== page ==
A combination of departmental policy and standard operating procedures can provide a method for the safe introduction of digital pathology. This includes a few key principles including basing decisions on the evidence available in the literature, a risk assessment of digital reporting, training in using the system, validation with the glass slide to develop confidence in reporting (and provide evidence of this), and risk reduction strategies.

This general approach is detailed in the Royal College of Pathologists guidance for digital pathology implementation.[3] In some departments, digital pathology reporting is further standardized through the use of uniform workstations including (at some sites) “medical grade displays.” This approach was developed based on several years of work and now underpins the national guidance in the UK and Sweden.

“Validation” to practice with digital pathology is a learning process which typically takes a number of weeks or months using the technology, and comparing with glass slides, to complete. A full validation procedure may be difficult to complete in times of emergency. We have tried to provide all the information we can to allow pathologists and departments to perform a risk assessment and make their own decisions regarding home reporting.

More work is also needed to develop a formal process for remote reporting, including the development of validation processes for remote reporting, and establishing the minimum specifications for the workstation and display required. Some of this needs to be addressed by a program of work to examine home working; some may require basic research to answer. When working remotely, few pathology departments have provided “home workstations” of similar specification to those used on-site, which may be a short-term impediment to full remote digital reporting. In other specialties, provision of home workstations to enable flexible or off-site review of radiology images is accepted practice.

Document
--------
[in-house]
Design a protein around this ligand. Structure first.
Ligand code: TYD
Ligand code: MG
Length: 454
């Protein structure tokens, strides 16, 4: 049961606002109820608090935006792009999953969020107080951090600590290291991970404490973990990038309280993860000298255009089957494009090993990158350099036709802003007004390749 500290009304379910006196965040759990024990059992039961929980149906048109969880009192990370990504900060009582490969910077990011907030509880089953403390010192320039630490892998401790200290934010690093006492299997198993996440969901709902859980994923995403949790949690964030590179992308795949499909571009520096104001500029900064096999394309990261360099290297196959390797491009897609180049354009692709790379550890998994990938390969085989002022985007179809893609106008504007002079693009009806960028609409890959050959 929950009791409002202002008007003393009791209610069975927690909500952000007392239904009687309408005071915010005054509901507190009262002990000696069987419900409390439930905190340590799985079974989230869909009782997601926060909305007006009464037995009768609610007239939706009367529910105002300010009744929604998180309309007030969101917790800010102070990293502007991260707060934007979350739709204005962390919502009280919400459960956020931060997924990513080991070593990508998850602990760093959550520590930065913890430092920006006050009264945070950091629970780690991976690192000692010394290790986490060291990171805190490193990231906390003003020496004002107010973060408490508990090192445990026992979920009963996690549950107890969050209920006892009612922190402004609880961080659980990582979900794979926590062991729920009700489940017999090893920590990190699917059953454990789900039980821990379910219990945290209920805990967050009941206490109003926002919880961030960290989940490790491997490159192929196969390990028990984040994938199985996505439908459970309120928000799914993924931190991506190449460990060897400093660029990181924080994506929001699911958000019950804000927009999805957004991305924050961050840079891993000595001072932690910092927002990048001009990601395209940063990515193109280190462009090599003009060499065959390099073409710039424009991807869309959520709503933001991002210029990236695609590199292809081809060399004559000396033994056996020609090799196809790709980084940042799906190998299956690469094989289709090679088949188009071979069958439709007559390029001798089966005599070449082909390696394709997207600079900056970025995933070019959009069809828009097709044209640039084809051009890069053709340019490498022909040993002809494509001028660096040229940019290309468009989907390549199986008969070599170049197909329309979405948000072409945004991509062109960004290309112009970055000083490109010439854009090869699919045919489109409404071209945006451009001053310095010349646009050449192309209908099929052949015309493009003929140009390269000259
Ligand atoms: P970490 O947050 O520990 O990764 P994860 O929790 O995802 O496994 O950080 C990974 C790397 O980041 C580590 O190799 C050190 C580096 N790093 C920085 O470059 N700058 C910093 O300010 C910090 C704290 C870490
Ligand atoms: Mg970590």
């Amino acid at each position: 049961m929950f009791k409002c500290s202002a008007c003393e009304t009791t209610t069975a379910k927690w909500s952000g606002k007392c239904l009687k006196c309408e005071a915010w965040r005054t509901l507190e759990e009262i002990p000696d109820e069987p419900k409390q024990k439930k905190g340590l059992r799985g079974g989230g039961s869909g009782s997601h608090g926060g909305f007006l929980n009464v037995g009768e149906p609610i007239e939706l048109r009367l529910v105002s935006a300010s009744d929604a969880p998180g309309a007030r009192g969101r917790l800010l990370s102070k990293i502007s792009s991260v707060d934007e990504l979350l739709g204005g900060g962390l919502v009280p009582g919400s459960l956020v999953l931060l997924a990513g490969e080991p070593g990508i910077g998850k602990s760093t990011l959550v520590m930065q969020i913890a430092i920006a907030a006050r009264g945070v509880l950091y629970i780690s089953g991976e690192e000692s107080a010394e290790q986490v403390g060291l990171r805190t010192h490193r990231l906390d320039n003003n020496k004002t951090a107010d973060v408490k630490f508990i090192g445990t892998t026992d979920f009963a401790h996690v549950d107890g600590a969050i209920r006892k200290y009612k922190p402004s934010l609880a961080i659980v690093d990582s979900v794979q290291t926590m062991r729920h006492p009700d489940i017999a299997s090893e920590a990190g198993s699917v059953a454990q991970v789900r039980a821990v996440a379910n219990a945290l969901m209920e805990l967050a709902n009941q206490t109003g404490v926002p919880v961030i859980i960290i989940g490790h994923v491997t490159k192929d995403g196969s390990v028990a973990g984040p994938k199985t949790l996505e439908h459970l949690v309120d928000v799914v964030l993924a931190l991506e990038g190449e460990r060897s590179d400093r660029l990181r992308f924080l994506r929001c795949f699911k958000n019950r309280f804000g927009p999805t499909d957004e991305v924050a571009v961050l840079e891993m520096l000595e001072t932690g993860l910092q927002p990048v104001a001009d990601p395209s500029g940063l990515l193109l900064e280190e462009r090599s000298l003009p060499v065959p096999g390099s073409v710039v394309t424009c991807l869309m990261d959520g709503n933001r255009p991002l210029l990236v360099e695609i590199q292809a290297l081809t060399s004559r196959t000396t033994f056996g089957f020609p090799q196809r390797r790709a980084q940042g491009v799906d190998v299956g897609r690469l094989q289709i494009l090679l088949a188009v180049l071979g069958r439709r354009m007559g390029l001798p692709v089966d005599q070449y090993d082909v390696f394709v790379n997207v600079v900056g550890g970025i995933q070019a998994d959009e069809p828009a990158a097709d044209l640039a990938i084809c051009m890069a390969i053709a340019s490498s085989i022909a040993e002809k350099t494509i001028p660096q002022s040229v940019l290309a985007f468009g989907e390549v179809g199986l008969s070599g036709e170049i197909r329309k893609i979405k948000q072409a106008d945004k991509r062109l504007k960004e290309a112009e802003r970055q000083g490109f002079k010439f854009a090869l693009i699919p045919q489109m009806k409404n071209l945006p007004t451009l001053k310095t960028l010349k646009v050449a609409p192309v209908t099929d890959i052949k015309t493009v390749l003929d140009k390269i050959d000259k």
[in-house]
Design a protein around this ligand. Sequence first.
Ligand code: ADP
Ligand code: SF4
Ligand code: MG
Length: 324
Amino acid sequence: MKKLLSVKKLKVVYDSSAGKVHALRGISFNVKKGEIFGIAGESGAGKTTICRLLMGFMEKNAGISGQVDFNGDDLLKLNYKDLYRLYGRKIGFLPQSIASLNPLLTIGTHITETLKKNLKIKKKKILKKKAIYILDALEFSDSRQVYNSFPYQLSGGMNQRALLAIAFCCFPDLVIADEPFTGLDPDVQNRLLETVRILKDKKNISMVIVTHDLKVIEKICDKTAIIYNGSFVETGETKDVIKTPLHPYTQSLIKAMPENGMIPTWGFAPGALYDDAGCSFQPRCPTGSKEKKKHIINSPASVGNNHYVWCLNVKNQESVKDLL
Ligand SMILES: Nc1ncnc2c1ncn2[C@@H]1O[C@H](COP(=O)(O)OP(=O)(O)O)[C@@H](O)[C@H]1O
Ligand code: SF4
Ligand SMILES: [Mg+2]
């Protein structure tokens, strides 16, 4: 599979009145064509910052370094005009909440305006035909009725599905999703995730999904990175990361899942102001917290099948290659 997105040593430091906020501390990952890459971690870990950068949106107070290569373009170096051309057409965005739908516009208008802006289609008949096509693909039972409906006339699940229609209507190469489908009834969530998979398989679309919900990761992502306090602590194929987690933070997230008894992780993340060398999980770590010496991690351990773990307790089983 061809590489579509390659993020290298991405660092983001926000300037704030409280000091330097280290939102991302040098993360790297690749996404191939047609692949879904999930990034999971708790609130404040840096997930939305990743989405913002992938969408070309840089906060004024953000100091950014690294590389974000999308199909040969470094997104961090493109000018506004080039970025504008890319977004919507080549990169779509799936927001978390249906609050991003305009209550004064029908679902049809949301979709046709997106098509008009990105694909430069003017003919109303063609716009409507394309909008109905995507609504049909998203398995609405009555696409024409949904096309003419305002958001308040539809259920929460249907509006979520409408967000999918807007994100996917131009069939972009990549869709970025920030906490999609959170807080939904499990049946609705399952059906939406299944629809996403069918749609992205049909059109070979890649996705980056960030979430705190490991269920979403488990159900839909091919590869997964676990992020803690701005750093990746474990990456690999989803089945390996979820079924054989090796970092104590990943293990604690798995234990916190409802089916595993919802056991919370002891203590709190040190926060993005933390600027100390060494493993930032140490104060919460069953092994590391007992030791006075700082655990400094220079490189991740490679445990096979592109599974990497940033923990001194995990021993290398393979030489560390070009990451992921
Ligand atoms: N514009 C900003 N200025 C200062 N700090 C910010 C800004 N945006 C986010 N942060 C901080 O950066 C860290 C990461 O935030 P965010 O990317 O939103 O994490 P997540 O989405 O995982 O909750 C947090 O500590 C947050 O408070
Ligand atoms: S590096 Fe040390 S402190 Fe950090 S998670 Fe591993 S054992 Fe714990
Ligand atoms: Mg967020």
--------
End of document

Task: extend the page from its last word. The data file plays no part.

However, it is recognized that there are occasions on which remote reporting of cases may be necessary for clinical or practical reasons. Worldwide, several pathologists report successful use of workstations of various specifications, both on-site and remotely. Access to digital images during urgent or unusual circumstances offers significant clinical value, e.g., maintaining a service or providing an urgent second opinion.

The authors recognize that while the evidence and experience is still accumulating with appropriate precautions and risk assessment/risk reduction, it is possible to use the technology to facilitate these clinical or practical needs.

The existing Royal College of Guidelines for digital pathology and guidelines on working remotely also provide some guidance in this area.[6],[7]

   Principle and Method Top

Where there is demonstrable clinical and service necessity, and the agreement of the Clinical Lead (departmental medical management) has been obtained, pathologists may elect to report digital slides remotely. Key points of the procedure are summarized in [Box 1]. They will need to ensure they have read any local standard operating procedures or guidance available and be familiar with national guidance.